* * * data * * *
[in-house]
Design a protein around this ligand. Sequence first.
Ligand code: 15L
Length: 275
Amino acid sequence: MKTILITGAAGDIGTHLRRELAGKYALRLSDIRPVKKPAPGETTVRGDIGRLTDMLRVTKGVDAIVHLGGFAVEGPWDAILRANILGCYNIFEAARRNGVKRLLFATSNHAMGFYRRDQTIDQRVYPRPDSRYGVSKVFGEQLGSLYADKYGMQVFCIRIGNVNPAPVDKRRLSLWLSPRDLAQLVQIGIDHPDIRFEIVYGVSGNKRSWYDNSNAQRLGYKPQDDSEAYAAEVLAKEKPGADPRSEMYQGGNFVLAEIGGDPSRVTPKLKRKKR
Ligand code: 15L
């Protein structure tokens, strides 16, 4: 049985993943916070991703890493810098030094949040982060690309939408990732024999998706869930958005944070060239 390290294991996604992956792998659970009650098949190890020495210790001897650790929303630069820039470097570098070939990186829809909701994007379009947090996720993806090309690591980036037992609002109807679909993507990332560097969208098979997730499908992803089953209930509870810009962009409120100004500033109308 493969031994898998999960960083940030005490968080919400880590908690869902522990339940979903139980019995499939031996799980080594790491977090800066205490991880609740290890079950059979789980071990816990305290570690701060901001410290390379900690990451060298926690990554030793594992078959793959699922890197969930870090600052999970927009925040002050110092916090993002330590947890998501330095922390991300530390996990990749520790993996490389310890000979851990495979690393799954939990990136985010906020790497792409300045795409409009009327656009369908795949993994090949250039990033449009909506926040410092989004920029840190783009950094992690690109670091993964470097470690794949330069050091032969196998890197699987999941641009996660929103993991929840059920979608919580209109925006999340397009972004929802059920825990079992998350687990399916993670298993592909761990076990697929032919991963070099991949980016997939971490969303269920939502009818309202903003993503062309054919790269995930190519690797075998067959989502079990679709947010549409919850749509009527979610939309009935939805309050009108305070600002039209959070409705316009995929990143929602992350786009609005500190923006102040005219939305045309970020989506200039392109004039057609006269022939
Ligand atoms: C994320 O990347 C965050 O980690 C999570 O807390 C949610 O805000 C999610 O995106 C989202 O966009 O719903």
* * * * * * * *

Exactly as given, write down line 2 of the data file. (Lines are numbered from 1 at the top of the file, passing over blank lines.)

Design a protein around this ligand. Sequence first.